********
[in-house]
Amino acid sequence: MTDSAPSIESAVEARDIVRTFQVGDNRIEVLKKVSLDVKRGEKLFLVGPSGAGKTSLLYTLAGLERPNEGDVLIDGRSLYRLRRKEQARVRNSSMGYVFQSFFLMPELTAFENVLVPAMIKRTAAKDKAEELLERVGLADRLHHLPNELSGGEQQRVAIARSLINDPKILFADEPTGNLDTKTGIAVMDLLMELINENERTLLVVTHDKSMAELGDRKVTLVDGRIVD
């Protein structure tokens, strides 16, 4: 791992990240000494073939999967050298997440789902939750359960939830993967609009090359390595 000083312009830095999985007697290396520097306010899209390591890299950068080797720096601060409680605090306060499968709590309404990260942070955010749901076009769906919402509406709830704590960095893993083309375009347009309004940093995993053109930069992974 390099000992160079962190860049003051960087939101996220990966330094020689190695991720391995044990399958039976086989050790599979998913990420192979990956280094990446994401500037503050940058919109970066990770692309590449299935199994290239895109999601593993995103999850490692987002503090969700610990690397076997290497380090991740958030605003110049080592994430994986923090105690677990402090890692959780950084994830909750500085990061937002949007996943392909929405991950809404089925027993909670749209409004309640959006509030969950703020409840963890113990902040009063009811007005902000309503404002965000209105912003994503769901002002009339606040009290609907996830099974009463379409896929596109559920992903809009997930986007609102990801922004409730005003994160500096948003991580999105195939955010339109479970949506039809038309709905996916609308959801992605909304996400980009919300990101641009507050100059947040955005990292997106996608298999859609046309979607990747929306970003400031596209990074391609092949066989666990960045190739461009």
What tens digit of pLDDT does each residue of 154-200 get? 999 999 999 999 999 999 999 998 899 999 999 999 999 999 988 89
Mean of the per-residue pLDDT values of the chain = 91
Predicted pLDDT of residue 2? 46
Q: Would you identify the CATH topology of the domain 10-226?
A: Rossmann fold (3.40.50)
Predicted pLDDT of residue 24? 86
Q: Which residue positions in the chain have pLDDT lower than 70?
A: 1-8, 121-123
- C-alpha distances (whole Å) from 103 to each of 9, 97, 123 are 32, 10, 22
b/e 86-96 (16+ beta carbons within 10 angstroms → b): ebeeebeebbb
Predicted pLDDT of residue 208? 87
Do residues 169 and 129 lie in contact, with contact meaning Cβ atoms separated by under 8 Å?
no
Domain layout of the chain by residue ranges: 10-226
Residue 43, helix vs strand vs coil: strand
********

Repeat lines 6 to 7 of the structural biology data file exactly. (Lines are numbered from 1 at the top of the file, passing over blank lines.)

Predicted pLDDT of residue 2? 46
Q: Would you identify the CATH topology of the domain 10-226?